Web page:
Testing times: How much is enough when it comes to literacy and numeracy?
Literacy and numeracy tests seem to be flavour of the month in education policy circles. But how many is enough?
Currently, students in school undergo literacy and numeracy tests in years 3, 5, 7 and 9 through the NAPLAN – the National Assessment Project for Literacy and Numeracy. There’s a great deal of debate surrounding these tests and their usefulness.
Governments like them, as they believe they “measure” whether there’s been improvement or not in students over a period of time. Schools who do well in them use them as marketing tools, while those that don’t spend time explaining why there’s been no improvement. Schools may also see them as a snapshot of where students are in terms of reading, writing and numbers – hardly a “measure” of literacy and numeracy.
Letters and numbers
And here’s where life becomes complicated: What are literacy and numeracy?
Any form of literacy is the use of disciplinary knowledge in specific contexts. Literacy should be the use of English knowledge and skills in a variety of contexts; numeracy the use of mathematical knowledge and skills in a variety of contexts – and the list goes on for scientific literacy, financial literacy and so on.
In 2018 research conducted in New South Wales, surveys of principals indicated that the majority (56 per cent) use the terms “English” and “literacy” interchangeably, and the same with “mathematics” and “numeracy”. The important difference is that English is the discipline is studied in school that develops the knowledge and skills of that discipline, and similarly for mathematics or any discipline area in the curriculum.
A matter of context
One of the issues in assessing literacy and numeracy, and any form of literacy, is what contexts do you use to assess the use of disciplinary knowledge and skills? For example, a numeracy question given to school-leavers recently was: “A teacher works three days a week – express the workload as a decimal.” The context in this instance requires knowledge that a full-time workload is five days a week for a teacher – something not often understood by students, as they don’t experience full-time work, and they also have many teachers who don’t work five days a week. So, while the required response is 0.6, reaching the answer relies on the awareness of a full-time workload, as well as calculating that the decimal 3/5 equals 0.6.
The current cry from industry (the Australian Industry Group) about the literacy levels of students from schools as being absent, particularly in the sense of OHS issues, speaks more to the familiarity with the context rather than the knowledge and skills of students.
OHS contexts are both generic and specific, and it’s important that every workplace educates its workforce. People who work in that context are familiar with such contexts; those new to the context are not. It’s also important to indicate what sort of literacy is needed – working as an apprentice builder is a different context from working in a retail or professional setting.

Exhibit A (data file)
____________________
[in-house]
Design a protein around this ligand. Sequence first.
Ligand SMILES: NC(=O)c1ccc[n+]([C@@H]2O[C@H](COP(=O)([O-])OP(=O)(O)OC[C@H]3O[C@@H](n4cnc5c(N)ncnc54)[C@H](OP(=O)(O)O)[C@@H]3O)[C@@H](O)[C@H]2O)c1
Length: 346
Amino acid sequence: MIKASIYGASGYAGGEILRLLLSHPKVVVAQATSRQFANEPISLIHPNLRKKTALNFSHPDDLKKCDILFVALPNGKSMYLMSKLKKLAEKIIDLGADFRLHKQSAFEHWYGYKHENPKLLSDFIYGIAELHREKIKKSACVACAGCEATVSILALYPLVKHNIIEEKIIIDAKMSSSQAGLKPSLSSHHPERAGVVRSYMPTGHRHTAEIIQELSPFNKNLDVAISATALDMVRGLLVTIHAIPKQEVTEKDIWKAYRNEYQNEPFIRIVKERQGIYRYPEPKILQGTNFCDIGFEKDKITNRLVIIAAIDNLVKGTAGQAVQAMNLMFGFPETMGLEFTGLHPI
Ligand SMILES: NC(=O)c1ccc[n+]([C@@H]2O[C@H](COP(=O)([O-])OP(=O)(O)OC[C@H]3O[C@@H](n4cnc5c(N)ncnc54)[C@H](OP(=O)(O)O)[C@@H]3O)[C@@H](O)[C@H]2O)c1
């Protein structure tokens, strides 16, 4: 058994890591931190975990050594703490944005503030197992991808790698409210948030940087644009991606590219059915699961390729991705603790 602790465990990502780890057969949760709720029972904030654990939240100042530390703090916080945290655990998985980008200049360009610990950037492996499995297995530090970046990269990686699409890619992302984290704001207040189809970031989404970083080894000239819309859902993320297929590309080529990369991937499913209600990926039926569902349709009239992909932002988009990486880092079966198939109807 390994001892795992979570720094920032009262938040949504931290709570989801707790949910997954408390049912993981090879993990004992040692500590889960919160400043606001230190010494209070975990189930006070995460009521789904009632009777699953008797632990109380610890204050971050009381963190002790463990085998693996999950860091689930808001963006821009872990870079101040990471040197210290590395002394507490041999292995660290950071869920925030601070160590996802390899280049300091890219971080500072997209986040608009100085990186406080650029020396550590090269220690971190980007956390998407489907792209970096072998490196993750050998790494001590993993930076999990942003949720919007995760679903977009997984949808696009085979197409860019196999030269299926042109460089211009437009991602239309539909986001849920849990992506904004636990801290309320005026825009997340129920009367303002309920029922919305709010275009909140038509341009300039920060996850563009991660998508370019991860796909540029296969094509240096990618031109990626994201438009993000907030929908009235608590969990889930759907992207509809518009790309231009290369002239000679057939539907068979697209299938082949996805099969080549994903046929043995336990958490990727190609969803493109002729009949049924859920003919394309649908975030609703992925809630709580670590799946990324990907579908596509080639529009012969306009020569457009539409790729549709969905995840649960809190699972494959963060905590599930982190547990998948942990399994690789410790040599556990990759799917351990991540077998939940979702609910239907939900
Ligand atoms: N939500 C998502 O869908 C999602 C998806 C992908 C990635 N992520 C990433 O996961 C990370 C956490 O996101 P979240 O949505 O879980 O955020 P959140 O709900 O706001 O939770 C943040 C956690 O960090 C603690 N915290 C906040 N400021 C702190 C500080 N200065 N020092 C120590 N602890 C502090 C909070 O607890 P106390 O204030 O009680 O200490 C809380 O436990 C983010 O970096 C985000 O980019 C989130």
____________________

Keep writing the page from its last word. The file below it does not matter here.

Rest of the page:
The proposed changes to the General Achievement Test (GAT) for year 11 and 12 students in Victoria is shifting the purpose of this test. As can be seen from current VCAA website, the GAT is a test of general knowledge and skills in the broad areas of written communication, mathematics, science and technology and humanities, the arts and social sciences.
It’s not a literacy or numeracy test. Its purpose is fourfold:
Help check that school-based and external assessments have been accurately assessed
Contribute to statistical moderation of school-based assessment results
Help calculate derived examination scores
Determine scores in school-based assessment, external assessment, and if a derived examination score is required due to illness, accident and trauma.
Given its purpose, it’s only undertaken by those students who study a Unit 3 and 4 sequence, not by VCAL students or students undertaking Units 1 and 2 (often taken in Year 11).
It appears there’s some difference between what is knowledge and skills associated with learning disciplines, those elements that comprise the majority of the school curriculum, and the use of this knowledge in particular contexts.
Whatever context is chosen will be discriminatory to some sectors of the community. For example, using water usage data as a context for numeracy would be foreign to many country students whose source of water would be through capturing rainwater in tanks.
It’s a constant wonder why we consistently rely on trying to assess students in ways that assumes they’re all the same.
General capabilities in the curriculum such as critical and creative thinking, and personal and social capabilities rely on reasoning in varying ways such as through analysing and responding to data or emotions.
It’s reasonable to assess students in areas in which the curriculum defines what is to be learnt. What isn’t reasonable is to assess students in areas outside the curriculum.
Perhaps literacy and numeracy should be the focus of the curriculum, as students should be able to use what they learn. If this is the case, the focus needs to be on the curriculum rather than judging students (and teachers) on what they do or don’t know.
Given the focus on the individual in our education system, it’s a constant wonder why we consistently rely on trying to assess students in ways that assumes they’re all the same. Students undertaking VCE and VCAL learn in very different ways. How will a literacy and numeracy test give consideration to these differences in a one-off system-level test?
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